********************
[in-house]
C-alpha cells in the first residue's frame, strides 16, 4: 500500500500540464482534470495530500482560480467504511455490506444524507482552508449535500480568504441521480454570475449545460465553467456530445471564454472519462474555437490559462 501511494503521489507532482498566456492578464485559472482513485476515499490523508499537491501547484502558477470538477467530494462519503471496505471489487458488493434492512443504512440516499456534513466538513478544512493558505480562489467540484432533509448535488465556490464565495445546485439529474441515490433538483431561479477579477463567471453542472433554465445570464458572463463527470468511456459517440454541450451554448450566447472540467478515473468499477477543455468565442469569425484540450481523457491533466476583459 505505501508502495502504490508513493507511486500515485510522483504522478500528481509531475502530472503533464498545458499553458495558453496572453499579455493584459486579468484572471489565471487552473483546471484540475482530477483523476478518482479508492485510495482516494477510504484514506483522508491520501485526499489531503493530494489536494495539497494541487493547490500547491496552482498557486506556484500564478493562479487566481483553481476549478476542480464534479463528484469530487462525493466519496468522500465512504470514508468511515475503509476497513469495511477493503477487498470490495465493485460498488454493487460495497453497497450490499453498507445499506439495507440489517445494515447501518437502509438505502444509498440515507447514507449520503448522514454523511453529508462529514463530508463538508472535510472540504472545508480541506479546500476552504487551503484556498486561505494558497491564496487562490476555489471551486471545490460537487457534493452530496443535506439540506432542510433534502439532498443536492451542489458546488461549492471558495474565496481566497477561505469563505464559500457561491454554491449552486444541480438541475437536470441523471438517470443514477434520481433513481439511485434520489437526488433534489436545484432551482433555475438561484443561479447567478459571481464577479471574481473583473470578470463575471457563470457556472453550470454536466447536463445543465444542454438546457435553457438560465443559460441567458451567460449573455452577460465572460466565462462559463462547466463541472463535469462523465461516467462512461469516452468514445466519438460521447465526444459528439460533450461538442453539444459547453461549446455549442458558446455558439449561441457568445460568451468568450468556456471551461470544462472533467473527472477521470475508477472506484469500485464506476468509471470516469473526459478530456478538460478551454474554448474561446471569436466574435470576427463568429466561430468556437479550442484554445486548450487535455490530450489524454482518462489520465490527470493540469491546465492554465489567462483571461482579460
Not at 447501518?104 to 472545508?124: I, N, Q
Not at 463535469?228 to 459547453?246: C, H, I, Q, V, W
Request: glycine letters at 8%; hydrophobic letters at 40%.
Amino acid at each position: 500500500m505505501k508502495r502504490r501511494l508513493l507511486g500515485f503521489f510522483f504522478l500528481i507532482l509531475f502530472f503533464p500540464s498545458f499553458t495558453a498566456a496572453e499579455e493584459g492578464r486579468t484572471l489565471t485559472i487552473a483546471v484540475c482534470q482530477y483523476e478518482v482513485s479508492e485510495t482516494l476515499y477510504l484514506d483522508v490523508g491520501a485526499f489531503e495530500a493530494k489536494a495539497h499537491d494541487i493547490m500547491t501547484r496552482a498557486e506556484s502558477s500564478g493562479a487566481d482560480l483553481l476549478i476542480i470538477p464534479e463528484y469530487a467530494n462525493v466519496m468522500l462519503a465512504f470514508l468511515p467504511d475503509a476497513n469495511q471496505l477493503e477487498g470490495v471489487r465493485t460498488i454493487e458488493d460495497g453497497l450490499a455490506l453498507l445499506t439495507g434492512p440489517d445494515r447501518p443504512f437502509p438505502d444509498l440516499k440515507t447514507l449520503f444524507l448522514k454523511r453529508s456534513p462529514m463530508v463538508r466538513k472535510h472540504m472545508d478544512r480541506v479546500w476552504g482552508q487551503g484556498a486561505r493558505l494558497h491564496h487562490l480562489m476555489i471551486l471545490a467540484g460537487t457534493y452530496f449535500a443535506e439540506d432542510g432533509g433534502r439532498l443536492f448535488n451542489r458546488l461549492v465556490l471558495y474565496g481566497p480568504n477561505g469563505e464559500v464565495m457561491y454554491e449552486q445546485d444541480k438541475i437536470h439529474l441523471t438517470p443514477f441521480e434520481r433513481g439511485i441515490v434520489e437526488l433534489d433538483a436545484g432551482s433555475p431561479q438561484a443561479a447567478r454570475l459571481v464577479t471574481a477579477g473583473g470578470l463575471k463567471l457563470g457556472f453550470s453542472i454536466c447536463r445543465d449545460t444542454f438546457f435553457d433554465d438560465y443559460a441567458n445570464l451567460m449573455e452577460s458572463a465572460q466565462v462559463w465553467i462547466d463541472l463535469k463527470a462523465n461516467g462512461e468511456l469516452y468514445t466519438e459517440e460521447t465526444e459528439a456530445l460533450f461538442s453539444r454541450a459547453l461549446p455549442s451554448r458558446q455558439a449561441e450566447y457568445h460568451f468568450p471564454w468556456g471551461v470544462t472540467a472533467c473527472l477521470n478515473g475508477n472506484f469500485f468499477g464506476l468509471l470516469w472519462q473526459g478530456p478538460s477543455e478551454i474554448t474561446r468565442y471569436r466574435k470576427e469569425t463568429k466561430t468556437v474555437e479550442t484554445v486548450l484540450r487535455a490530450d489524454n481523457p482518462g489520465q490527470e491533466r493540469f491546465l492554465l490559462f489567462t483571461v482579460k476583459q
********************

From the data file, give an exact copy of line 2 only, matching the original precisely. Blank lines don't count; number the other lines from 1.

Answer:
C-alpha cells in the first residue's frame, strides 16, 4: 500500500500540464482534470495530500482560480467504511455490506444524507482552508449535500480568504441521480454570475449545460465553467456530445471564454472519462474555437490559462 501511494503521489507532482498566456492578464485559472482513485476515499490523508499537491501547484502558477470538477467530494462519503471496505471489487458488493434492512443504512440516499456534513466538513478544512493558505480562489467540484432533509448535488465556490464565495445546485439529474441515490433538483431561479477579477463567471453542472433554465445570464458572463463527470468511456459517440454541450451554448450566447472540467478515473468499477477543455468565442469569425484540450481523457491533466476583459 505505501508502495502504490508513493507511486500515485510522483504522478500528481509531475502530472503533464498545458499553458495558453496572453499579455493584459486579468484572471489565471487552473483546471484540475482530477483523476478518482479508492485510495482516494477510504484514506483522508491520501485526499489531503493530494489536494495539497494541487493547490500547491496552482498557486506556484500564478493562479487566481483553481476549478476542480464534479463528484469530487462525493466519496468522500465512504470514508468511515475503509476497513469495511477493503477487498470490495465493485460498488454493487460495497453497497450490499453498507445499506439495507440489517445494515447501518437502509438505502444509498440515507447514507449520503448522514454523511453529508462529514463530508463538508472535510472540504472545508480541506479546500476552504487551503484556498486561505494558497491564496487562490476555489471551486471545490460537487457534493452530496443535506439540506432542510433534502439532498443536492451542489458546488461549492471558495474565496481566497477561505469563505464559500457561491454554491449552486444541480438541475437536470441523471438517470443514477434520481433513481439511485434520489437526488433534489436545484432551482433555475438561484443561479447567478459571481464577479471574481473583473470578470463575471457563470457556472453550470454536466447536463445543465444542454438546457435553457438560465443559460441567458451567460449573455452577460465572460466565462462559463462547466463541472463535469462523465461516467462512461469516452468514445466519438460521447465526444459528439460533450461538442453539444459547453461549446455549442458558446455558439449561441457568445460568451468568450468556456471551461470544462472533467473527472477521470475508477472506484469500485464506476468509471470516469473526459478530456478538460478551454474554448474561446471569436466574435470576427463568429466561430468556437479550442484554445486548450487535455490530450489524454482518462489520465490527470493540469491546465492554465489567462483571461482579460